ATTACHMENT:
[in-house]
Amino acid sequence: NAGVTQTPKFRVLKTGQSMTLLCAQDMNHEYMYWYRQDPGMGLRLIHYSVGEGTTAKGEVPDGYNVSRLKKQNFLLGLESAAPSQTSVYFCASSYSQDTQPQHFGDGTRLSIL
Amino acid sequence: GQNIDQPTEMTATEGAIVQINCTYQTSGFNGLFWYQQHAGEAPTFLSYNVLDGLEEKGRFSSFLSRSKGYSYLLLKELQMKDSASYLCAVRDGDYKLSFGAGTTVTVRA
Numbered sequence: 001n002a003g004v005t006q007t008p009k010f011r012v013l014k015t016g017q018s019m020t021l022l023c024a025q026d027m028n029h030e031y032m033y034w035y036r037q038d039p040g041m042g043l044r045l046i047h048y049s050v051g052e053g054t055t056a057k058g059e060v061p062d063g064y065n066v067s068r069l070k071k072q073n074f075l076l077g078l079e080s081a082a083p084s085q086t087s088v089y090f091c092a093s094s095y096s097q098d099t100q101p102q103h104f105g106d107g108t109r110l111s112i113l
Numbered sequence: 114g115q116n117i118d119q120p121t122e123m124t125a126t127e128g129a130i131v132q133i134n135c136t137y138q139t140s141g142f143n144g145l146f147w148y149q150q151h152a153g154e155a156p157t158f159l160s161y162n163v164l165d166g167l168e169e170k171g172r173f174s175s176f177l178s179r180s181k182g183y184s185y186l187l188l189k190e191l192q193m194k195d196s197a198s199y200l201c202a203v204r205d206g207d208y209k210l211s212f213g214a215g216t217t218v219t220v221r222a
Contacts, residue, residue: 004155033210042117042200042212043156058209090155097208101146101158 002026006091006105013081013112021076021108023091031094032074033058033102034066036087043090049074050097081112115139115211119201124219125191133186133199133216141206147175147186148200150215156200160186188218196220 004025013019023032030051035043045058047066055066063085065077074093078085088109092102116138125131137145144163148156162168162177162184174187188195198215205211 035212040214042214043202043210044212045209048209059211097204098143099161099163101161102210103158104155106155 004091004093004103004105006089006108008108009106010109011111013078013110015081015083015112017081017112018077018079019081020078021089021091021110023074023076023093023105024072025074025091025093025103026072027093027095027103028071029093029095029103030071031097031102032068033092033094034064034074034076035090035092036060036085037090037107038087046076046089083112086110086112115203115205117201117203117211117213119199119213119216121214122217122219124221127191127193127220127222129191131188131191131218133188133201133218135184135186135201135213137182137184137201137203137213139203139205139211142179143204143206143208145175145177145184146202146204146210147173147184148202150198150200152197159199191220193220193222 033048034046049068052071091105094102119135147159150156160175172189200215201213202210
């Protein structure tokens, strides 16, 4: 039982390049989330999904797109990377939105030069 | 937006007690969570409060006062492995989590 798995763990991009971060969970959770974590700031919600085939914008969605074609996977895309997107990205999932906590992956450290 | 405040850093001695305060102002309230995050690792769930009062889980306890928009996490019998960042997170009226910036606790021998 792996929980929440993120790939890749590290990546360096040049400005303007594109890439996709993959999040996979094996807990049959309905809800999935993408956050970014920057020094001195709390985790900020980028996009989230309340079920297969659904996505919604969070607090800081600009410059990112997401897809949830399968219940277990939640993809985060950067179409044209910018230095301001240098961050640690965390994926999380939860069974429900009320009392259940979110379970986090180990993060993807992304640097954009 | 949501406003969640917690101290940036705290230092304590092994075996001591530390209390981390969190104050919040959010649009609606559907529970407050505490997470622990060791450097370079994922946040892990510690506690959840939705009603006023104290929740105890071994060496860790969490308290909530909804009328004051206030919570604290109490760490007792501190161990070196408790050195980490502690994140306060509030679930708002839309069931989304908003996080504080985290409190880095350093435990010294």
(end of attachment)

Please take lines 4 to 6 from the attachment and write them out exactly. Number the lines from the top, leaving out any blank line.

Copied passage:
Numbered sequence: 001n002a003g004v005t006q007t008p009k010f011r012v013l014k015t016g017q018s019m020t021l022l023c024a025q026d027m028n029h030e031y032m033y034w035y036r037q038d039p040g041m042g043l044r045l046i047h048y049s050v051g052e053g054t055t056a057k058g059e060v061p062d063g064y065n066v067s068r069l070k071k072q073n074f075l076l077g078l079e080s081a082a083p084s085q086t087s088v089y090f091c092a093s094s095y096s097q098d099t100q101p102q103h104f105g106d107g108t109r110l111s112i113l
Numbered sequence: 114g115q116n117i118d119q120p121t122e123m124t125a126t127e128g129a130i131v132q133i134n135c136t137y138q139t140s141g142f143n144g145l146f147w148y149q150q151h152a153g154e155a156p157t158f159l160s161y162n163v164l165d166g167l168e169e170k171g172r173f174s175s176f177l178s179r180s181k182g183y184s185y186l187l188l189k190e191l192q193m194k195d196s197a198s199y200l201c202a203v204r205d206g207d208y209k210l211s212f213g214a215g216t217t218v219t220v221r222a
Contacts, residue, residue: 004155033210042117042200042212043156058209090155097208101146101158 002026006091006105013081013112021076021108023091031094032074033058033102034066036087043090049074050097081112115139115211119201124219125191133186133199133216141206147175147186148200150215156200160186188218196220 004025013019023032030051035043045058047066055066063085065077074093078085088109092102116138125131137145144163148156162168162177162184174187188195198215205211 035212040214042214043202043210044212045209048209059211097204098143099161099163101161102210103158104155106155 004091004093004103004105006089006108008108009106010109011111013078013110015081015083015112017081017112018077018079019081020078021089021091021110023074023076023093023105024072025074025091025093025103026072027093027095027103028071029093029095029103030071031097031102032068033092033094034064034074034076035090035092036060036085037090037107038087046076046089083112086110086112115203115205117201117203117211117213119199119213119216121214122217122219124221127191127193127220127222129191131188131191131218133188133201133218135184135186135201135213137182137184137201137203137213139203139205139211142179143204143206143208145175145177145184146202146204146210147173147184148202150198150200152197159199191220193220193222 033048034046049068052071091105094102119135147159150156160175172189200215201213202210